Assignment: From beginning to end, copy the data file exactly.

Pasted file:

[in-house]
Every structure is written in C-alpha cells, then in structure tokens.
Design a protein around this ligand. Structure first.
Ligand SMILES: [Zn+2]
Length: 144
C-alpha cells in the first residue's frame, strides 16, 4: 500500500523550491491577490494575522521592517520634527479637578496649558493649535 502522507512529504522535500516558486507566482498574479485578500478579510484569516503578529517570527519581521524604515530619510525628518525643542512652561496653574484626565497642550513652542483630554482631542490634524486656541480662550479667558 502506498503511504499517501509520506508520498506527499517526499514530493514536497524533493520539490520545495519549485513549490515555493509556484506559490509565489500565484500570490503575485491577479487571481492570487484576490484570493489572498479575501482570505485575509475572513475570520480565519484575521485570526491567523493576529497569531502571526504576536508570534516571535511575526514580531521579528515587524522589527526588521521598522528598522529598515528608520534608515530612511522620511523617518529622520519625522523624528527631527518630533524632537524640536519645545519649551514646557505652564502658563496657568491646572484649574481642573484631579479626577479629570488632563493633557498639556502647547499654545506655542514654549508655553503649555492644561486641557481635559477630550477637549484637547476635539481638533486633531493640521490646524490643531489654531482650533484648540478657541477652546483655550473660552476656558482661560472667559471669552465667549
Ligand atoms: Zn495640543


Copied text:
[in-house]
Every structure is written in C-alpha cells, then in structure tokens.
Design a protein around this ligand. Structure first.
Ligand SMILES: [Zn+2]
Length: 144
C-alpha cells in the first residue's frame, strides 16, 4: 500500500523550491491577490494575522521592517520634527479637578496649558493649535 502522507512529504522535500516558486507566482498574479485578500478579510484569516503578529517570527519581521524604515530619510525628518525643542512652561496653574484626565497642550513652542483630554482631542490634524486656541480662550479667558 502506498503511504499517501509520506508520498506527499517526499514530493514536497524533493520539490520545495519549485513549490515555493509556484506559490509565489500565484500570490503575485491577479487571481492570487484576490484570493489572498479575501482570505485575509475572513475570520480565519484575521485570526491567523493576529497569531502571526504576536508570534516571535511575526514580531521579528515587524522589527526588521521598522528598522529598515528608520534608515530612511522620511523617518529622520519625522523624528527631527518630533524632537524640536519645545519649551514646557505652564502658563496657568491646572484649574481642573484631579479626577479629570488632563493633557498639556502647547499654545506655542514654549508655553503649555492644561486641557481635559477630550477637549484637547476635539481638533486633531493640521490646524490643531489654531482650533484648540478657541477652546483655550473660552476656558482661560472667559471669552465667549
Ligand atoms: Zn495640543